Great post. I could not agree with you more. I went through this same challenge in my community about 10 years ago, and happily, we made many positive changes. We were early adopters of good nutrition, but getting there wasn’t easy. For starters, we managed to get the junk food off the soccer playing fields — it started with a letter to the editor of my local paper titled, “Bring Back the Oranges, Please” — and was followed by a “guideline” issued by the Lexington United Soccer Club (in MA) for Fruit and Water Only as halftime and post-game, parent-provided snacks. The schools went to food-free parties, largely due to a Food Allergy Policy, which our awesome school nurses wrote and championed. And our school’s federally mandated Wellness Policy, which I helped to write, called for the elimination of “a la carte” snack sales during elementary school lunches.
My argument was always this: If our school curriculum called for comic books as the major mode of teaching reading and writing to kids, parents would freak out, because they demand excellence and a good example from their schools. So why do we allow junk food at schools and on playing fields? Where is the excellence there? Let’s set a great example for our kids. We owe them that!
Let me know if you want to see my letter to the editor or the soccer snack guidelines. I’d be happy to provide links…
Liz: That is fantastic! And I love this: “If our school curriculum called for comic books as the major mode of teaching reading and writing to kids, parents would freak out, because they demand excellence and a good example from their schools. So why do we allow junk food at schools and on playing fields? Where is the excellence there?” And yes, I would love links to your materials, thanks!
Yeah, I know a ton of parents who would not be happy with pastries or sugared cookies (maple sugar or not). I think it’s parents’ decisions when to “treat” kids with this stuff, not anyone elses. Especially, as you say, “It is never — not ever — “just one” anything anymore.” The day before/after is always someone else’s party!
Jen: True that. The point of mentioning those items, however, was to explain that, even with those treats, that’s not what my daughter remembers about her school birthday celebrations. Also, I think far too many people get hung up on types of food instead of the ingredients in food. And that unfortunately is one of the big reasons we have so many food issues in this country. I go into great detail about that here: Teaching your kids about food will not cause eating disorders.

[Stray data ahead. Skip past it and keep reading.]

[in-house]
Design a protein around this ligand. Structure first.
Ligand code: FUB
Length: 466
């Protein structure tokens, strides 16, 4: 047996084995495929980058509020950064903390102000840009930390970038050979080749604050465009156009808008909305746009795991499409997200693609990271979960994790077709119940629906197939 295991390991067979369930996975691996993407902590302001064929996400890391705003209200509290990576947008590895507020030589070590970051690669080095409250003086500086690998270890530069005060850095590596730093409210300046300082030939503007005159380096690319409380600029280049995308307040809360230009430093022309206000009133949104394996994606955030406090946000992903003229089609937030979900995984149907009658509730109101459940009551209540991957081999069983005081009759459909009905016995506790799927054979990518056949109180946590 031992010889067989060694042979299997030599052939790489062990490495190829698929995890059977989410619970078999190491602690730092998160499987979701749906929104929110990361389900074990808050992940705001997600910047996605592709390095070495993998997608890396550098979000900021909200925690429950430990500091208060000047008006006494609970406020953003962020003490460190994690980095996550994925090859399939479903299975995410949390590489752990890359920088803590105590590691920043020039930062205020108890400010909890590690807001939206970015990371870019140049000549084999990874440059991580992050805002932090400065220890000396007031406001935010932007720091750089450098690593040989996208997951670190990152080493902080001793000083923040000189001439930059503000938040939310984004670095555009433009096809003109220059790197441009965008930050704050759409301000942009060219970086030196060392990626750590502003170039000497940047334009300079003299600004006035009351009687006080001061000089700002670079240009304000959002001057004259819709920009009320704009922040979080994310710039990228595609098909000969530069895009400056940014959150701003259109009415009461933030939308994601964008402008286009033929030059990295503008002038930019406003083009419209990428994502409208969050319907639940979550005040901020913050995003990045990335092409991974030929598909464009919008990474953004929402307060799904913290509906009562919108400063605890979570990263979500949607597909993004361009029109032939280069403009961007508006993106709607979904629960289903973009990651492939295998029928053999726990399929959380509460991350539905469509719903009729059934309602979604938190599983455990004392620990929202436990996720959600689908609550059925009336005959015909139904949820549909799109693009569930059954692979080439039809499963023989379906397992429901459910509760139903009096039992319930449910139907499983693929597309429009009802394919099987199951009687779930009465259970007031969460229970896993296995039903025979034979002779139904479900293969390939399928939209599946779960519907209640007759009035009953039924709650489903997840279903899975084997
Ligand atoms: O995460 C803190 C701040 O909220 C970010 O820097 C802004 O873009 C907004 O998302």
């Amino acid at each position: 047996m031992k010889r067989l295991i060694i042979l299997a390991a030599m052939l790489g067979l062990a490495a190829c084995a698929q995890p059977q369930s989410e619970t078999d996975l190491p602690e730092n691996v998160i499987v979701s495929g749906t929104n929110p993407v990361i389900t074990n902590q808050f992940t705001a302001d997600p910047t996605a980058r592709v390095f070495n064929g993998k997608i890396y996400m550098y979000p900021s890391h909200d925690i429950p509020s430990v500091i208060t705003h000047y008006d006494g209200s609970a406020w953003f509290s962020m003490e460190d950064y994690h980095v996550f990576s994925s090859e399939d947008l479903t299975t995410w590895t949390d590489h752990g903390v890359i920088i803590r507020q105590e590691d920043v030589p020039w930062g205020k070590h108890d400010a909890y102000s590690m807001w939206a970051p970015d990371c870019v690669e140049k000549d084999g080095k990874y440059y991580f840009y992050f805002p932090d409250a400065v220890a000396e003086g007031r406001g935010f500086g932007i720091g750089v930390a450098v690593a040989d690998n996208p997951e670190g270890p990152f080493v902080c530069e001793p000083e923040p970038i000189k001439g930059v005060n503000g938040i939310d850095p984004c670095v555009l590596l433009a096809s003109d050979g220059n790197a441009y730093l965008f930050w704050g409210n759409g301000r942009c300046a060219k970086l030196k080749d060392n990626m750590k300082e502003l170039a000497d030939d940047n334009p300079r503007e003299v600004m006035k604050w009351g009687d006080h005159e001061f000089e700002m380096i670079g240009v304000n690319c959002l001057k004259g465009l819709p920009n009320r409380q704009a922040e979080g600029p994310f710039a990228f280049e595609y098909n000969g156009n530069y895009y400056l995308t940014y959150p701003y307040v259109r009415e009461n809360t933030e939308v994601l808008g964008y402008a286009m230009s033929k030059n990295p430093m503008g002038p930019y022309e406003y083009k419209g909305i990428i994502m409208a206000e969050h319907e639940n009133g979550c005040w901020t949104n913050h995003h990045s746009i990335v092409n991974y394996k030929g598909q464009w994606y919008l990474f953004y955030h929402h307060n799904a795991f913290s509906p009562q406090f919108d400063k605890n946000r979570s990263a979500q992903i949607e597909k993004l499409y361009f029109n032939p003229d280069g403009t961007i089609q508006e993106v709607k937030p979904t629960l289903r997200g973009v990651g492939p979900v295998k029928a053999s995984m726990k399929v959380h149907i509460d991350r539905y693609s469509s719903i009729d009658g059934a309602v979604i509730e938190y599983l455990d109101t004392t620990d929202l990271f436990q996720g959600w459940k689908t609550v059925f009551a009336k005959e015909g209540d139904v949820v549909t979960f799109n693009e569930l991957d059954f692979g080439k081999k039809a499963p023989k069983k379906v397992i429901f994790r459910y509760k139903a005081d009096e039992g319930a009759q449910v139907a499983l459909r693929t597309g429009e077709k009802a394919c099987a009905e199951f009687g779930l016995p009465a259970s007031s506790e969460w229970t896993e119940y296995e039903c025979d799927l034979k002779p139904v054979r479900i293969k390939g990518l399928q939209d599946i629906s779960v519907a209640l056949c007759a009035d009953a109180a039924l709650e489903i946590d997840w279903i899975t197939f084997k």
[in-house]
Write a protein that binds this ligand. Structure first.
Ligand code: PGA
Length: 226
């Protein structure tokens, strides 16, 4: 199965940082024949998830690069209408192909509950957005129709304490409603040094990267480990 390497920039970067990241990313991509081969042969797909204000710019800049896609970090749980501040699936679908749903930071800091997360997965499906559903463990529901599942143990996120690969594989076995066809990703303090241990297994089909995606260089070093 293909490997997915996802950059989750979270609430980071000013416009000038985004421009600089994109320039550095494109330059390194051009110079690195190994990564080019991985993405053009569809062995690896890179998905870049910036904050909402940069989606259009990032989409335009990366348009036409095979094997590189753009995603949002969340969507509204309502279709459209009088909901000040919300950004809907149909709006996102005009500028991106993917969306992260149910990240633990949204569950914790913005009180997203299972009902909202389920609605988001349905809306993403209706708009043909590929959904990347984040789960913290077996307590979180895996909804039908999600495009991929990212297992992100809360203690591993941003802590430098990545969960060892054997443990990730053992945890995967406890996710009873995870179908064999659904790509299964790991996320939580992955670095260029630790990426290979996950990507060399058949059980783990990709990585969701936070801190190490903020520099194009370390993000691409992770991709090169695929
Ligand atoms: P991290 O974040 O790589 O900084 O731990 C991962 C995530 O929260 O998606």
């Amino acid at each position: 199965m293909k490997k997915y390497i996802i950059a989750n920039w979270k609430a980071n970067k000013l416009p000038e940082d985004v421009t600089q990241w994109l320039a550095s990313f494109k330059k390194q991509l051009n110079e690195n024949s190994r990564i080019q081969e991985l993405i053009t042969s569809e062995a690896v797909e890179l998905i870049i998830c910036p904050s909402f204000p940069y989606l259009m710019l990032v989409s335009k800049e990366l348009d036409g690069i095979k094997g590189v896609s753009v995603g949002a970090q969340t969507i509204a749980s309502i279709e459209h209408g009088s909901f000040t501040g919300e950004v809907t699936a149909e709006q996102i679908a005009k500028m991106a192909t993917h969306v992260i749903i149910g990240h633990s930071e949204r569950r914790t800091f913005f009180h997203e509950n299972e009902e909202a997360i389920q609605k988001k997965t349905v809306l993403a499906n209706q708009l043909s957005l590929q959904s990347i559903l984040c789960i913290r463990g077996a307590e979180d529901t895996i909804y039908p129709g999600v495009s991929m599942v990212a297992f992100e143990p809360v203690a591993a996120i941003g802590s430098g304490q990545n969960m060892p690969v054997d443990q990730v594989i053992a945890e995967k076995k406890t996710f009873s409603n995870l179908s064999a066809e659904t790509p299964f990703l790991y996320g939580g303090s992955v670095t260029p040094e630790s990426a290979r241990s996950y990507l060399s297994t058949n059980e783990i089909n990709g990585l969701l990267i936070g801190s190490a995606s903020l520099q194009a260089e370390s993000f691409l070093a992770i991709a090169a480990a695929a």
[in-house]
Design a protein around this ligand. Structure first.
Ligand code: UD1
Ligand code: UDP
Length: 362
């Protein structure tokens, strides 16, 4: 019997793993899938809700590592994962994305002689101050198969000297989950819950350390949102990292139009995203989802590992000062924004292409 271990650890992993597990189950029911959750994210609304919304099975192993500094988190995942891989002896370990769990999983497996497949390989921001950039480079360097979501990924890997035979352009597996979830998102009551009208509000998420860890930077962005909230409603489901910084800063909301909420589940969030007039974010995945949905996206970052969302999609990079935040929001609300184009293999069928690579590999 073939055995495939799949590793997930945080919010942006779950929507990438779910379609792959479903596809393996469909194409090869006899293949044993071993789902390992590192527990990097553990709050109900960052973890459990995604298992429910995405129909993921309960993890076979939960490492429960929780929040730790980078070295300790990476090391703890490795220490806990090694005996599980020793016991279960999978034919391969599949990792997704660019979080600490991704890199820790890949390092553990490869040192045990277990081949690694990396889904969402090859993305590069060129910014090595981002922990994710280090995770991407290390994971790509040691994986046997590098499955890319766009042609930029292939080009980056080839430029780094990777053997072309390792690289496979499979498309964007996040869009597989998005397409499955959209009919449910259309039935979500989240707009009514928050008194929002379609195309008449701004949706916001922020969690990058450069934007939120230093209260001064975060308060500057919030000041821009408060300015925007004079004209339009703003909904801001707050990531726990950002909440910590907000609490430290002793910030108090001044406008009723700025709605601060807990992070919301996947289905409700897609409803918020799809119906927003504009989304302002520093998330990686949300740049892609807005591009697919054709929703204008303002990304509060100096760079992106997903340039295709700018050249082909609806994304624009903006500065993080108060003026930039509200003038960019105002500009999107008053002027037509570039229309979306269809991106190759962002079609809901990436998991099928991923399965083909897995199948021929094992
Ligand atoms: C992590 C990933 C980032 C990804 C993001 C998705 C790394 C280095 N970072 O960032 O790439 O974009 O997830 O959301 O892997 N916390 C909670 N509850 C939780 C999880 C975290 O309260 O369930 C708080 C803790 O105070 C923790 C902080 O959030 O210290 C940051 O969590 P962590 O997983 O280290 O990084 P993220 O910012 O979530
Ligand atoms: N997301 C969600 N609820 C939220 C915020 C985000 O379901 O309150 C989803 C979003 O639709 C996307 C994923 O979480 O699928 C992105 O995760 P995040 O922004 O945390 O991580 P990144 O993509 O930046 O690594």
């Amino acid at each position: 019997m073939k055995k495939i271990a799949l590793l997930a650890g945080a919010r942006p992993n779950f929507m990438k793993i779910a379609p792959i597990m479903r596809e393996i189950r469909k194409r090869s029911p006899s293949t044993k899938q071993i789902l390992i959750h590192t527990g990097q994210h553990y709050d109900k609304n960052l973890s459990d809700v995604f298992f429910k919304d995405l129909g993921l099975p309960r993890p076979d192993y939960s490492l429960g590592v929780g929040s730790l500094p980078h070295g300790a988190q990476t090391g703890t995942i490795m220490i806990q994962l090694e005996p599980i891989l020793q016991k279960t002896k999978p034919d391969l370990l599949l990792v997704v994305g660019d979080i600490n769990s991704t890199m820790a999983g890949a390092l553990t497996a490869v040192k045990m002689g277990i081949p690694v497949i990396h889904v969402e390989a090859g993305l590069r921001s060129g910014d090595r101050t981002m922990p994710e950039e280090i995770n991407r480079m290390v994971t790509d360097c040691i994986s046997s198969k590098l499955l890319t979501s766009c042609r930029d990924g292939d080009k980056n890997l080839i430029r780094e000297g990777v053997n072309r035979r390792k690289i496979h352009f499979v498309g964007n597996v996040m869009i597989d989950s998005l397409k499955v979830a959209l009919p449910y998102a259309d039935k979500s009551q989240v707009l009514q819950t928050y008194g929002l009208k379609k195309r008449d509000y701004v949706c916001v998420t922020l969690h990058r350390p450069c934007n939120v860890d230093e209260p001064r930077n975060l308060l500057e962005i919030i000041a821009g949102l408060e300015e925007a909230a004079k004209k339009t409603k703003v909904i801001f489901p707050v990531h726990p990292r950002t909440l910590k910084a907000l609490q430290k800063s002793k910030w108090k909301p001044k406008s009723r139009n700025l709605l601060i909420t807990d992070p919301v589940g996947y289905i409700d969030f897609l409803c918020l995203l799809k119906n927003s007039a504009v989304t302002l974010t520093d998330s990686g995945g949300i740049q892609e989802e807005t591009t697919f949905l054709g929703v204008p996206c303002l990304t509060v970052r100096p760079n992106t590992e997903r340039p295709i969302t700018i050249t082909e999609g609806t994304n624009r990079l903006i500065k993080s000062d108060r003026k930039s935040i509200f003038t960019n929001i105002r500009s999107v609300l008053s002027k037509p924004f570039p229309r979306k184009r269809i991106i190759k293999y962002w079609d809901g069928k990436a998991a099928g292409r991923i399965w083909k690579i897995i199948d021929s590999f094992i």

I agree that’s not what’s remembered at kids’ parties. I just think it should be up the parents, and know a lot of parents who would not be happy with the ingredients of those pastries and cookies, especially during the day at school during learning time. Great that fruit was a choice though and give the kids the option.
Jen: What ingredients would those be? Do you possess super powers where you can analyze ingredients through the internet? 🙂
I, too, am “that mom.” I’ve got a 4th grade son with crazy food sensitivities including wheat, food dyes, dairy and many other minor things. My other 1st grade son is still in the “parents are assigned a snack once a month” stage of school. I’m the mom who sends in clementines or fruit shish-ka-bobs. He always reports back that most of the kids loved them… especially the kabobs. I am embarrassed by the amount of candies and snacks that we have to throw away after Halloween or Valentines Day.
Bravo to you for writing such an insightful and truthful post. I’ve hopped on the wagon of contacting government representatives for labeling and/or getting rid of GMO’s in our food. It’s a shame we have to fight and debate in order to have access to healthy foods for our families.
LOVE THIS. So much, you got me back on my soapbox on the topic (and I linked to this post). Bravo!
Yay, Sherry! I think fruit is probably the only item and least controversial food to bring. As I mention above I know a ton of parents who would not be happy with baked goods (obesity concerns, no sugary stuff during the day etc.). In our school there’s a no food policy since the kids don’t mind and so things aren’t left to other parents to decide what is ok for other kids. What may be deemed ok by one mom shouldn’t translate for the whole class. It’s a complicated issue, for sure.
Thank you so much for the excellent article. I’m not a parent. I’m a nurse and see the rising number of children with obesity and other issues. It’s so nice to see that some hospitals like Children’s in Seattle has taken a step towards trying to manage that problem by not having sugary drinks ion their campus.. It is so sad to see kids who are obese – their parents should be guiding them towards better diets.
Keep up the great work! I love your recepies and have your cookbook as well.
Pavla: Ugh, hospitals that sell junk food and soda are a huge pet peeve of mine. Glad that you, as an insider, are seeing some change on that front. Thanks for the kind words, but I think you might have me confused with another blogger… I don’t post recipes and I don’t have a cookbook. 😉